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Growing Your Business

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 After more than two decades in the automotive repair business – opening, growing and operating shops in multiple states under a variety of brands – I can definitively tell you there is no shortcut to success. Building a strong business requires patience, hard work and the ability to learn from past mistakes.

The shop owners who often call me for advice would prefer to hear about a magic formula that can transform their businesses overnight. The truth is, success is based on trial and error and determining what works and what doesn’t.

While keeping in mind that what works for me, might not work for you, here are some of the most valuable lessons I’ve learned in my many years in the business. Perhaps these ideas will be worth incorporating into your business or at the very least, encourage you to experiment until you find the right mix of strategies for your shop.

Create a playbook: Can you imagine a football coach sending his team on the field without a game plan? While some of the players might be able to improvise, eventually the lack of direction would likely lead to a loss. That’s exactly what happens when you fail to provide a road map for your employees and leave them guessing about how to handle the various tasks they’re asked to perform everyday.

Instead, I create systems for every aspect of my shops. I have “playbooks” for how to manage accounting, sales, customer service, hiring, repairs – essentially everything. When someone calls for a repair, my service writers know exactly how to answer the phone and where to guide the conversation. My technicians are well-versed on how long a repair should take and how they should be inspecting the cars they service. While creating these systems might sound intimidating, It’s manageable if you break it down by function. Envision in a perfect world how you’d like your front desk staff to interact with customers and document it. Start with an outline and fill out the details as the system becomes more clear.

Once you have your systems in place, it’s critical to abide by them. You have to lead by example. And don’t be afraid to tweak your playbook as your operation evolves. 

Hire good people and recognize good work. I know that sounds easier than it often is. One way to increase the chances of landing quality employees is to hire people who balance your weaknesses. Maybe you’re a great salesperson, but you struggle at management or you might be an expert technician, but hate interacting with customers. Look for people who bring to the table the skills you don’t possess.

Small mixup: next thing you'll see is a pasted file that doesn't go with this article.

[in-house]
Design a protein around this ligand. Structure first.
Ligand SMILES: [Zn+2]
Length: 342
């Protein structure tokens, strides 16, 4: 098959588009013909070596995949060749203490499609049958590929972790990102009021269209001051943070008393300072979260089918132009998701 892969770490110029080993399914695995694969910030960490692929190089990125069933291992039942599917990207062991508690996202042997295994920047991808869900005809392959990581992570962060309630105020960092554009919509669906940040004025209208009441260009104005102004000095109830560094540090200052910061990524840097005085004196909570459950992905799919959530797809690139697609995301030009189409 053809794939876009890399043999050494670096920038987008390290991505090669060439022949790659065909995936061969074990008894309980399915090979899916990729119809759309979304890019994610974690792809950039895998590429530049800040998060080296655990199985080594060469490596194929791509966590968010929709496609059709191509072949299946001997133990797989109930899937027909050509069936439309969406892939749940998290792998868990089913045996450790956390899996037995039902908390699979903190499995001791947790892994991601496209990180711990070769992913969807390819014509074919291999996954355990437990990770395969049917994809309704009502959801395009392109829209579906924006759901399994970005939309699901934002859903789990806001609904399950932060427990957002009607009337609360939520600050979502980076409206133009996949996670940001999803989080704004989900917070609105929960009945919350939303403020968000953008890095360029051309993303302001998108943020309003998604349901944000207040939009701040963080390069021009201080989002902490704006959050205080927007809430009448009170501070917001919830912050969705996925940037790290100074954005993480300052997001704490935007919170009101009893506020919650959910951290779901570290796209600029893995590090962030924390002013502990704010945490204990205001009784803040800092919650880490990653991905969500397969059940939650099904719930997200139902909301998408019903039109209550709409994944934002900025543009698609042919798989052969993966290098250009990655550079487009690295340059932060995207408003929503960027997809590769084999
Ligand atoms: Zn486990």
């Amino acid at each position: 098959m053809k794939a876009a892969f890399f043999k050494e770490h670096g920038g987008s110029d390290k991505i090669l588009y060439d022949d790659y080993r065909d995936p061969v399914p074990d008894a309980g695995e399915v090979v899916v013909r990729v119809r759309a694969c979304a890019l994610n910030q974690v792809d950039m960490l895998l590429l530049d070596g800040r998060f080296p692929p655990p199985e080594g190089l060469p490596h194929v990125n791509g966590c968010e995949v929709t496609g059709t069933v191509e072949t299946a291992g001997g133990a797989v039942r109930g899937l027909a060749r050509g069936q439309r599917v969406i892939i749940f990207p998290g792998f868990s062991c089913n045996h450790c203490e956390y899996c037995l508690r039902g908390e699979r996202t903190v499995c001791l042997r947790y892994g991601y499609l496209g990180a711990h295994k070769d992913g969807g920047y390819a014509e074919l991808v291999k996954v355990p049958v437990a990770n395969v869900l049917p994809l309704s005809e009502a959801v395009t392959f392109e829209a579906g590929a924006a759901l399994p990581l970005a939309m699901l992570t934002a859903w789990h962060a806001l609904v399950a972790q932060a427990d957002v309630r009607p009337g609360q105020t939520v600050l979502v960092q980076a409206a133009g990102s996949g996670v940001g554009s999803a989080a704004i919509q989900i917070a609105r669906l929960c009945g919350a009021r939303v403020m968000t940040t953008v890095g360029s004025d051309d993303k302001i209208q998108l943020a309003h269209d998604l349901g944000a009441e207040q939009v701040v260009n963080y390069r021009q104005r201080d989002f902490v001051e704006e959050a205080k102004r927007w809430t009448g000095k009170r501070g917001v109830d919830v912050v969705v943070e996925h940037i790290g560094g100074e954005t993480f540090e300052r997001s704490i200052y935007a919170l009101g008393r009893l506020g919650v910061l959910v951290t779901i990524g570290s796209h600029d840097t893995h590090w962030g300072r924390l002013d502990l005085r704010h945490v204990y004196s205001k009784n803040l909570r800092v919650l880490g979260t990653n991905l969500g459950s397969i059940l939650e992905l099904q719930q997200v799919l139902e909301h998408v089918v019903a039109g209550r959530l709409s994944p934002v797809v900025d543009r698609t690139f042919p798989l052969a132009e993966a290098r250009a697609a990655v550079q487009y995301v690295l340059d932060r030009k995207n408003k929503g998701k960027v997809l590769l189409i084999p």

Of course, skill sets are just one part of the equation. You also want someone who is going to fit your culture. If your shop emphasizes communication, listen carefully during the interview process. When asked a question, does the candidate answer clearly or stumble and stop in mid-sentence? It’s also wise to always check references. You may not get negative feedback, but what their colleagues say will give you a good idea of the candidate’s personality traits.

Lastly, don’t underestimate the power of recognition. I’ve found that recognition can be a bigger motivator than even money. Recognizing employees publicly for strong performance not only inspires the person being recognized to continue to perform well, but also encourages his or her co-workers to do good work and makes it clear that there is a pathway for success.

Track everything. The more information you have, the better. For example, there’s a tendency to judge employees based on impressions rather than facts. The charming, funny salesman might seem like a rising star, but his sales numbers could reveal a poor performer. If you’ve got data you can use to evaluate performance – whether it’s of an employee or an advertising campaign, you’ll make decisions based on facts not feelings. Tracking can also provide clues about why some aspects of your operation aren’t running as smoothly as they should. All of our advertising campaigns include call tracking and recording, allowing us to hear how our service writers are responding to leads. If they’re not converting those leads into sales, it could indicate that they need more training on our sales process. Simply put, tracking is mission critical and helps you identify problems and potential solutions.

With more than 20 years of automotive repair business experience, Greg is one of the most successful operators in the industry. He owns and operates 35 automotive repair shops with annual sales in excess of $50 million!

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